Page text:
Computational Thinking

Computational Thinking - Description

Class Overview. web site: www.cs.vt.edu/~kafura/CS6604. Origins. Term first used by Seymour . Papert. (1996) . [Snow 2012]. “. In . both . cases the computer used as a tool effectively . leads . to a solution, but in neither does the . ID: 364296 Download Presentation

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Computational Thinking

Class Overview. web site: www.cs.vt.edu/~kafura/CS6604. Origins. Term first used by Seymour . Papert. (1996) . [Snow 2012]. “. In . both . cases the computer used as a tool effectively . leads . to a solution, but in neither does the .

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Computational Thinking




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Presentation on theme: "Computational Thinking"— Presentation transcript:

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Computational Thinking

Class Overview

web site: www.cs.vt.edu/~kafura/CS6604

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Origins

Term first used by Seymour Papert (1996) [Snow 2012]“In both cases the computer used as a tool effectively leads to a solution, but in neither does the computational representation make the mathematics more perspicuous. ... The goal is to use computational thinking to forge ideas that are at least as ‘explicative’ as the Euclid-like constructions (and hopefully more so) but more accessible and more powerful.”

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Origins

Recent popularization by Jeannette Wing [Wing 2006]“Computational thinking involves solving problems, designing systems, and understanding human behavior, by drawing on the concepts fundamental to computer science. Computational thinking includes a range of mental tools that reflect the breadth of the field of computer science.”

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Purposes of Course

Understand what “computational thinking” means at a university levelspecifically in the VT contextDevelop ideas on courses and curriculum elements that provide a means of learning (some aspect of) computational thinking.about how to measure/assess the extent to which a student has gained an ability to engage in computational thinkingYou will not learn anything “new” about computing but rather reflect on what you know and how you use that knowledge creatively

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Organization

Topic areas:Model (What is computational thinking?)Pedagogy (How can it be taught?)Assessment (How can it be measured?)RequirementsActive participation in discussionsPresentationTerm paperone section for each topic areaIntermediate due dates (TBA) for first two sectionsFinal version due on December 17, 2013

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Materials

www.cs.vt.edu/~kafura/CS6604

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Discussion

Who are you?Why are you interested in computational thinking?What do you think computational thinking is?What experiences have you had related to computational thinking?

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Abstraction

“Thinking like a computer scientist means more than being able to program a computer. It requires thinking at multiple levels of abstraction.” [Wing 2006]“Mental” vs. “metal” [Wing 2008]“And so the nuts and bolts in computational thinking are defining abstractions, working with multiple layers of abstraction and understanding the relationships among the different layers.”“We operate by mechanizing our abstractions, abstraction layers, and their relationships.”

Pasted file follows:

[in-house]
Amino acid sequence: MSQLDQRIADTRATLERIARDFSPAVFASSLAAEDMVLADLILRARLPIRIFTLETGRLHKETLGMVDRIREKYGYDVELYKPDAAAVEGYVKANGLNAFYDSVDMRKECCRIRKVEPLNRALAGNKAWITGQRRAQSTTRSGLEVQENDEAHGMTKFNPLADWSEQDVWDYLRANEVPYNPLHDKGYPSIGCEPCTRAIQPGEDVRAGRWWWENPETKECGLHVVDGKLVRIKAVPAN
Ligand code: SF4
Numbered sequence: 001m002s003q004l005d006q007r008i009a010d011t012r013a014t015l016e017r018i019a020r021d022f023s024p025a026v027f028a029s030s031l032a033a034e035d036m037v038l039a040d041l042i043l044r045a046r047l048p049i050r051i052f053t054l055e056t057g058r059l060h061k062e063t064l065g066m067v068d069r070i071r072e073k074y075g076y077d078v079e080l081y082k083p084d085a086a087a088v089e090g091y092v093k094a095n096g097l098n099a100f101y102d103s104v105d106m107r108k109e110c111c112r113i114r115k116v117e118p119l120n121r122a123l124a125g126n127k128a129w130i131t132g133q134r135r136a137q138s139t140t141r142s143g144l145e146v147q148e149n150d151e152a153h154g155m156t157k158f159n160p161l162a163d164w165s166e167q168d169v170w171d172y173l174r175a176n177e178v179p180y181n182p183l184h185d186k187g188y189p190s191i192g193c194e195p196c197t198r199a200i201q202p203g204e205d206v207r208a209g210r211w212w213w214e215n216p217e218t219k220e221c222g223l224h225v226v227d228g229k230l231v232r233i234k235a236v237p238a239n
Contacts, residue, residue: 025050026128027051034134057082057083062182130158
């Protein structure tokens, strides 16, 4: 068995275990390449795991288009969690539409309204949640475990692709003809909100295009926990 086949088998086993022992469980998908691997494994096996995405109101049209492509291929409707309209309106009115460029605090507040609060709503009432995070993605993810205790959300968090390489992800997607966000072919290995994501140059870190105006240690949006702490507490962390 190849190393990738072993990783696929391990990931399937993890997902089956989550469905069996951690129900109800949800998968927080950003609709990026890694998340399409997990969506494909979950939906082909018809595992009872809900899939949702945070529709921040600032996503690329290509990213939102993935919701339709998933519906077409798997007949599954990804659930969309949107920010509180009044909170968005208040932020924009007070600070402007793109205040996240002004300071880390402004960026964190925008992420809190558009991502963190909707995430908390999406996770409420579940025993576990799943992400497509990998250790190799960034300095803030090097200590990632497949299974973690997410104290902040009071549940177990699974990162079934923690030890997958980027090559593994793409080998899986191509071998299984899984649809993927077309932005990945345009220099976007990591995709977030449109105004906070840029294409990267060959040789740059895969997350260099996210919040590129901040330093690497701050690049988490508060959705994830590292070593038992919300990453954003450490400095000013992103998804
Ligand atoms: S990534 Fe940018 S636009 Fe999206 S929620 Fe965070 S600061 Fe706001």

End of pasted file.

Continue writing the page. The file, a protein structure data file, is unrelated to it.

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Abstraction

“The abstraction process—deciding what details we need to highlight and what details we can ignore–underlies computational thinking.” [Wing 2008]Computational thinking abstractions:Extremely general: symbolic not just numericHave to worry about edge cases and failuresDefining the ‘right’ abstraction is criticalHelps manage complexityBy reducing aspects representedBy layering toSeparate concernsAllow reasoning at different levels of abstraction

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Reflections

Is abstraction the defining mode of computational thinking?If so, what do we make of abstractions in other areas?statistical modelspaintingsmaps If not, what are the others?Is it the “automatic processing” that distinguishes computational thinking abstractions?Is a focus on information (processed automatically) more fundamental?Is symbolic more basic than information?

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Starting a framework

Computational thinking is the cognitive ability necessary to engage in creative work using the automatable manipulation of information.Cognitive – a fundamental mental ability, not just skill in tool useInformation+automation – what distinguishes computational thinking from other ways of thinkingThe ability is derived from sufficient mastery of a conceptual framework. The conceptual framework includes:abstraction…

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References

[Snow 2012] Snow, E., et al., Assessing Computational Thinking, in NSF-CE21 Community Meeting. 2012: Washington, D.C., USA.[Wing 2006] Wing, J.M., Computational thinking. Communication of the ACM, 2006. 49(3): p. 33-35. [Wing 2008] Wing, J.M., Computational Thinking and Thinking About Computation. Philosophical Transactions of the Royal Society A, 2008. 366(1881): p. 3717-3725.

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